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The closer the better? Institutional distance and information blurring in a political agency model

Author

Listed:
  • David Bartolini

    () (OECD)

  • Agnese Sacchi

    () (Sapienza University of Rome (Italy); GEN (Spain))

  • Domenico Scalera

    () (University of Sannio (Italy))

  • Alberto Zazzaro

    () (University of Naples Federico II; CSEF & MoFiR (Italy))

Abstract

Government accountability increases with voters' proximity to policy-makers. Decentralization reforms implemented in many countries in the last twenty years are based on this principle. We present a political agency model that challenges this view and shows that the effects of increasing proximity may depend on the institutional context. In particular, the presence of rent-seeking politicians and heterogeneity in voters' political awareness produce three distinct optimal levels of decentralization. Furthermore, optimal distance depends on the capacity of rent-seeking incumbents to blur information available to voters. When the incumbent reacts to increasing proximity with more blurring activity, the optimal distance increases. Accordingly, less decentralization is preferable.

Suggested Citation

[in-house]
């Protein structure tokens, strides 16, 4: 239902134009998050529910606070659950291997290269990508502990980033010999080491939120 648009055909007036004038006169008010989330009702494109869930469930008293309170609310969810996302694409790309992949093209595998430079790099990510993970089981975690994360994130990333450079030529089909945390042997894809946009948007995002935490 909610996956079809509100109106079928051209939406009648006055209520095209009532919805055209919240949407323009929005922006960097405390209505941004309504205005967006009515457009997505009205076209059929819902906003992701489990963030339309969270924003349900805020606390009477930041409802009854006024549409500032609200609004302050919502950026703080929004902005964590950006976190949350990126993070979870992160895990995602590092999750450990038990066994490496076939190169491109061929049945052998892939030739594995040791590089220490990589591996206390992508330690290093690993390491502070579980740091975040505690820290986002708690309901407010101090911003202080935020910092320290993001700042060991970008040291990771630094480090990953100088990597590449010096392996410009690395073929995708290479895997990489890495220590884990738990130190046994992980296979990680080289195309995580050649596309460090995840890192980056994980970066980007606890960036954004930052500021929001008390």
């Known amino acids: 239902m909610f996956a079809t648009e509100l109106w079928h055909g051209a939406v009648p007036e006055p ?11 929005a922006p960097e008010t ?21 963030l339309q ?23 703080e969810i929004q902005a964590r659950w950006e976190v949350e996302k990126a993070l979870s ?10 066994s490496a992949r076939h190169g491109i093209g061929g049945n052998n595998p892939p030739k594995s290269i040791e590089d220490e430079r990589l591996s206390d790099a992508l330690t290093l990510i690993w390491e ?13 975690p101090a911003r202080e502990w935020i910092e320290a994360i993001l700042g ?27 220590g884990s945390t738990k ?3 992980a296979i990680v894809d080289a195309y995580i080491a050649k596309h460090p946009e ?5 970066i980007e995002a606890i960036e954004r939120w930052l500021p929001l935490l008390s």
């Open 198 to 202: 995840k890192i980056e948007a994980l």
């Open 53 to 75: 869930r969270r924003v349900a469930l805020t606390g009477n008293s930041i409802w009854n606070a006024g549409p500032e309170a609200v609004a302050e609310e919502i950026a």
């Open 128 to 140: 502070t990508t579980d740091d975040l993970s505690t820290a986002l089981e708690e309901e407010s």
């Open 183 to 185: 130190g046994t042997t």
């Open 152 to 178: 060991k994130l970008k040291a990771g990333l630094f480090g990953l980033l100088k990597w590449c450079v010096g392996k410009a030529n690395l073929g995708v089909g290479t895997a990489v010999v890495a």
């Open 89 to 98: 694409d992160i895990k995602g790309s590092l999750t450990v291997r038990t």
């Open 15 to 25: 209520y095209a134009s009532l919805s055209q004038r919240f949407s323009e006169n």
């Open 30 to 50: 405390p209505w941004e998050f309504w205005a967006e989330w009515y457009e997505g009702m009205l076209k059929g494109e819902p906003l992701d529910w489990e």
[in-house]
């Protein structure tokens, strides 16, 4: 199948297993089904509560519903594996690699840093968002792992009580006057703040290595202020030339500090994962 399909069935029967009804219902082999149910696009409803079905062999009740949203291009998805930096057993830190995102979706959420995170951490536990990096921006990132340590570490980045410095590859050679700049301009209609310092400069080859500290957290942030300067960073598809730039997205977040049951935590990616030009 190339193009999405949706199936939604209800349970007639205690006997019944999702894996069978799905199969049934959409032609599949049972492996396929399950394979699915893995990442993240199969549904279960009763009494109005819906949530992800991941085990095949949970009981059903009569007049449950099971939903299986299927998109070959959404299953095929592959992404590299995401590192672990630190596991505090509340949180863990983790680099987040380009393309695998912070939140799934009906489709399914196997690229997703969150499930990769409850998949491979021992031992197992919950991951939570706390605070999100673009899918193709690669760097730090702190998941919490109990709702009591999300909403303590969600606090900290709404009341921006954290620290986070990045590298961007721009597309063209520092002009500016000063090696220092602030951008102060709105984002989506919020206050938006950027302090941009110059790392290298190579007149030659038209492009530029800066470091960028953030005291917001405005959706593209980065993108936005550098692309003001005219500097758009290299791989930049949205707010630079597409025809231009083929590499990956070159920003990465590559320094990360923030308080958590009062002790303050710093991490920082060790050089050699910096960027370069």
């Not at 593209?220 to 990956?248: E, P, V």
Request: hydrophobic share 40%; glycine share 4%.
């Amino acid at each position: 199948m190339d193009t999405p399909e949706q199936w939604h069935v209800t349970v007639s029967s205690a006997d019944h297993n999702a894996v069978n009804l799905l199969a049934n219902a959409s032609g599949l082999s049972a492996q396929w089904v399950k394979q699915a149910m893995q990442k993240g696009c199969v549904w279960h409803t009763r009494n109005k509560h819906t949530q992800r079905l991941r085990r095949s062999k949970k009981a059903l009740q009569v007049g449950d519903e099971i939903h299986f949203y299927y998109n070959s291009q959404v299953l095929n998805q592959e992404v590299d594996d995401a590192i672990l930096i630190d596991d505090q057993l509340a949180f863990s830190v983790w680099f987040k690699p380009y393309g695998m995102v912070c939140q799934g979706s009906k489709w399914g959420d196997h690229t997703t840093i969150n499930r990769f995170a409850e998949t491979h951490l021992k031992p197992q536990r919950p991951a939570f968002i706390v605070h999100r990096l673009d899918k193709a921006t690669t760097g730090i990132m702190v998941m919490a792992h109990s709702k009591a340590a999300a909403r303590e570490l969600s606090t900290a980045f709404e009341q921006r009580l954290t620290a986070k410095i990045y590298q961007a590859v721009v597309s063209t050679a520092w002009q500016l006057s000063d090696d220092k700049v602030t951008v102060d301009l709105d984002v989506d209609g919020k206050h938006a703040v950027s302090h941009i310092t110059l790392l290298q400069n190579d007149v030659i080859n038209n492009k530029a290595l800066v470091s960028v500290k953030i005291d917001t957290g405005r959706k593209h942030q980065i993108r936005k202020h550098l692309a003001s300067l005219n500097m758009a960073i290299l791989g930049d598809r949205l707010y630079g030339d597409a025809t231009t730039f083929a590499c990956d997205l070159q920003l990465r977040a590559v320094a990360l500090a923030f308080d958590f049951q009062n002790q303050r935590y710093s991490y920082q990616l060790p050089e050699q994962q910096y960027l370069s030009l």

• David Bartolini & Agnese Sacchi & Domenico Scalera & Alberto Zazzaro, 2018. "The closer the better? Institutional distance and information blurring in a political agency model," Mo.Fi.R. Working Papers 146, Money and Finance Research group (Mo.Fi.R.) - Univ. Politecnica Marche - Dept. Economic and Social Sciences.
  • Handle: RePEc:anc:wmofir:146
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    More about this item

    Keywords

    government accountability; information; institutional distance; rent-seeking; political awareness;

    JEL classification:

    • D72 - Microeconomics - - Analysis of Collective Decision-Making - - - Political Processes: Rent-seeking, Lobbying, Elections, Legislatures, and Voting Behavior
    • D82 - Microeconomics - - Information, Knowledge, and Uncertainty - - - Asymmetric and Private Information; Mechanism Design
    • D83 - Microeconomics - - Information, Knowledge, and Uncertainty - - - Search; Learning; Information and Knowledge; Communication; Belief; Unawareness
    • H40 - Public Economics - - Publicly Provided Goods - - - General

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